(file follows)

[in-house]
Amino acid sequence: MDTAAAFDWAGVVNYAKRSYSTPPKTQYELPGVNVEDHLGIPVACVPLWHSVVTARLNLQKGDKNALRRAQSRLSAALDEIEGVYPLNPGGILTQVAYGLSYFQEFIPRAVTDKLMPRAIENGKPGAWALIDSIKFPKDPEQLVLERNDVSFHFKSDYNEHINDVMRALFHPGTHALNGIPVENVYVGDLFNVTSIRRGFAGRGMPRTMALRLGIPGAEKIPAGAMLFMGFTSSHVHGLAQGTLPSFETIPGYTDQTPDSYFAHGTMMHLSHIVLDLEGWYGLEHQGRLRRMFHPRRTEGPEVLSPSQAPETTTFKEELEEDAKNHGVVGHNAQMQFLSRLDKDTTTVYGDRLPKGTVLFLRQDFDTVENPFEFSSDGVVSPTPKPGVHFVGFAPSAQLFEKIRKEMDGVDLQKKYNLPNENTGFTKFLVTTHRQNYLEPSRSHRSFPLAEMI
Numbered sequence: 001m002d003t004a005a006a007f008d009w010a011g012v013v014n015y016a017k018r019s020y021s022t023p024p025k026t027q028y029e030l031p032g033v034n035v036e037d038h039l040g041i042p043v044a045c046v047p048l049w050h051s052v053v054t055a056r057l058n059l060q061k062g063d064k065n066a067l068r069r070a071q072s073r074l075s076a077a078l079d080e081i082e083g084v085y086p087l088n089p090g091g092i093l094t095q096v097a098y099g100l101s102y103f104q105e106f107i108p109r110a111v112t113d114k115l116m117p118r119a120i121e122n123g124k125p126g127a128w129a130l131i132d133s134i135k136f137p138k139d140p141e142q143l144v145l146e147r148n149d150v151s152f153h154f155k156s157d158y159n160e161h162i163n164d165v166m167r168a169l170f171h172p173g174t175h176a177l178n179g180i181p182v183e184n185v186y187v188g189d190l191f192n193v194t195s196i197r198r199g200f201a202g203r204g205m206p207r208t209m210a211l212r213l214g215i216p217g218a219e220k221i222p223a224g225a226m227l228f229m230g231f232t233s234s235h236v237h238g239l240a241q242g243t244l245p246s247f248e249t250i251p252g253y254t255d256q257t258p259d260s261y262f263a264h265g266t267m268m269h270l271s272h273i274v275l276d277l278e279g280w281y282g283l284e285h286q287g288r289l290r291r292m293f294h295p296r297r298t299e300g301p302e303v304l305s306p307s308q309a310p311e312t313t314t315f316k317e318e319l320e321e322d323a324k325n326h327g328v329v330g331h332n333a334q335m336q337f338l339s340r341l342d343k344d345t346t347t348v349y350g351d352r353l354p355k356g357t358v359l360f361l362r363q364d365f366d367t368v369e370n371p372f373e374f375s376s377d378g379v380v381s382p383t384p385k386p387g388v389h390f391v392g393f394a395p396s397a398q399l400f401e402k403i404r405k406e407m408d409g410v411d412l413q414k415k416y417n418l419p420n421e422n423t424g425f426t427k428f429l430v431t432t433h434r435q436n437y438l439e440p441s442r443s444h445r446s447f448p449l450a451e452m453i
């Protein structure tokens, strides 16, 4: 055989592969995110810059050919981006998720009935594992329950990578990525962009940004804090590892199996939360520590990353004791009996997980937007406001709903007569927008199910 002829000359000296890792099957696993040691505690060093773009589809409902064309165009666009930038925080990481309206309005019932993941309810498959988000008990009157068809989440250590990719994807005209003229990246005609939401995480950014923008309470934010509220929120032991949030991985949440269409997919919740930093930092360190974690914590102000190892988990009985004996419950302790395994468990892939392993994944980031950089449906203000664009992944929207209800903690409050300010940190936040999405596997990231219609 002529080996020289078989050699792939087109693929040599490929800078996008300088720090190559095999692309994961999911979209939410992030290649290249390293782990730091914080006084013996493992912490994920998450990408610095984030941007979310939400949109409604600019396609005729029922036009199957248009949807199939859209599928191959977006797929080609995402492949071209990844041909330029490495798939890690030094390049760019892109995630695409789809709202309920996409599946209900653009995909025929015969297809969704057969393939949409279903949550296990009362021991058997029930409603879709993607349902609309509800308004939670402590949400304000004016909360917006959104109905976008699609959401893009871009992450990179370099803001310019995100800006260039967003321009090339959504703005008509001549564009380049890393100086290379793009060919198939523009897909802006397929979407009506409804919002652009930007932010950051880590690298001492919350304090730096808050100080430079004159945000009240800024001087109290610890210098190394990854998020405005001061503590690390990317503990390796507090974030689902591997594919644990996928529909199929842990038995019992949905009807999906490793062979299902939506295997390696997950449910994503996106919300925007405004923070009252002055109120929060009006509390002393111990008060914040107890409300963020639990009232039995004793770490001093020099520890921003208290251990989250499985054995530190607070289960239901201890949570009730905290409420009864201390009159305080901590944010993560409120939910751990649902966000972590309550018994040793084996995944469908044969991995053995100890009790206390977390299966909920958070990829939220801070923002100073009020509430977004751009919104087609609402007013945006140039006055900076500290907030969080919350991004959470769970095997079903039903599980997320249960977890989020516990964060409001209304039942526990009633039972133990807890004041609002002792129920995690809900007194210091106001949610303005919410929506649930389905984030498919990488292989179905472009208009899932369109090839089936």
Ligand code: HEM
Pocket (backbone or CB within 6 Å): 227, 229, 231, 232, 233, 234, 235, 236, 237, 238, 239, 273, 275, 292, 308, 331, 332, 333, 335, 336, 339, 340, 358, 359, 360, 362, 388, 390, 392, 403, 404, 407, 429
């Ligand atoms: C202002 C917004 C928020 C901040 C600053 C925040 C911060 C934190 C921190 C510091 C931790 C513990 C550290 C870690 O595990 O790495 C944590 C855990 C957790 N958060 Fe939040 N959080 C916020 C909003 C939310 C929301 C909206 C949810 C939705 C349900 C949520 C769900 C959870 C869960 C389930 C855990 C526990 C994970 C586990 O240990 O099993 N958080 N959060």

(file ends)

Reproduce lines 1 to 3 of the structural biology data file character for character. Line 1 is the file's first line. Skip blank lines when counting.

[in-house]
Amino acid sequence: MDTAAAFDWAGVVNYAKRSYSTPPKTQYELPGVNVEDHLGIPVACVPLWHSVVTARLNLQKGDKNALRRAQSRLSAALDEIEGVYPLNPGGILTQVAYGLSYFQEFIPRAVTDKLMPRAIENGKPGAWALIDSIKFPKDPEQLVLERNDVSFHFKSDYNEHINDVMRALFHPGTHALNGIPVENVYVGDLFNVTSIRRGFAGRGMPRTMALRLGIPGAEKIPAGAMLFMGFTSSHVHGLAQGTLPSFETIPGYTDQTPDSYFAHGTMMHLSHIVLDLEGWYGLEHQGRLRRMFHPRRTEGPEVLSPSQAPETTTFKEELEEDAKNHGVVGHNAQMQFLSRLDKDTTTVYGDRLPKGTVLFLRQDFDTVENPFEFSSDGVVSPTPKPGVHFVGFAPSAQLFEKIRKEMDGVDLQKKYNLPNENTGFTKFLVTTHRQNYLEPSRSHRSFPLAEMI
Numbered sequence: 001m002d003t004a005a006a007f008d009w010a011g012v013v014n015y016a017k018r019s020y021s022t023p024p025k026t027q028y029e030l031p032g033v034n035v036e037d038h039l040g041i042p043v044a045c046v047p048l049w050h051s052v053v054t055a056r057l058n059l060q061k062g063d064k065n066a067l068r069r070a071q072s073r074l075s076a077a078l079d080e081i082e083g084v085y086p087l088n089p090g091g092i093l094t095q096v097a098y099g100l101s102y103f104q105e106f107i108p109r110a111v112t113d114k115l116m117p118r119a120i121e122n123g124k125p126g127a128w129a130l131i132d133s134i135k136f137p138k139d140p141e142q143l144v145l146e147r148n149d150v151s152f153h154f155k156s157d158y159n160e161h162i163n164d165v166m167r168a169l170f171h172p173g174t175h176a177l178n179g180i181p182v183e184n185v186y187v188g189d190l191f192n193v194t195s196i197r198r199g200f201a202g203r204g205m206p207r208t209m210a211l212r213l214g215i216p217g218a219e220k221i222p223a224g225a226m227l228f229m230g231f232t233s234s235h236v237h238g239l240a241q242g243t244l245p246s247f248e249t250i251p252g253y254t255d256q257t258p259d260s261y262f263a264h265g266t267m268m269h270l271s272h273i274v275l276d277l278e279g280w281y282g283l284e285h286q287g288r289l290r291r292m293f294h295p296r297r298t299e300g301p302e303v304l305s306p307s308q309a310p311e312t313t314t315f316k317e318e319l320e321e322d323a324k325n326h327g328v329v330g331h332n333a334q335m336q337f338l339s340r341l342d343k344d345t346t347t348v349y350g351d352r353l354p355k356g357t358v359l360f361l362r363q364d365f366d367t368v369e370n371p372f373e374f375s376s377d378g379v380v381s382p383t384p385k386p387g388v389h390f391v392g393f394a395p396s397a398q399l400f401e402k403i404r405k406e407m408d409g410v411d412l413q414k415k416y417n418l419p420n421e422n423t424g425f426t427k428f429l430v431t432t433h434r435q436n437y438l439e440p441s442r443s444h445r446s447f448p449l450a451e452m453i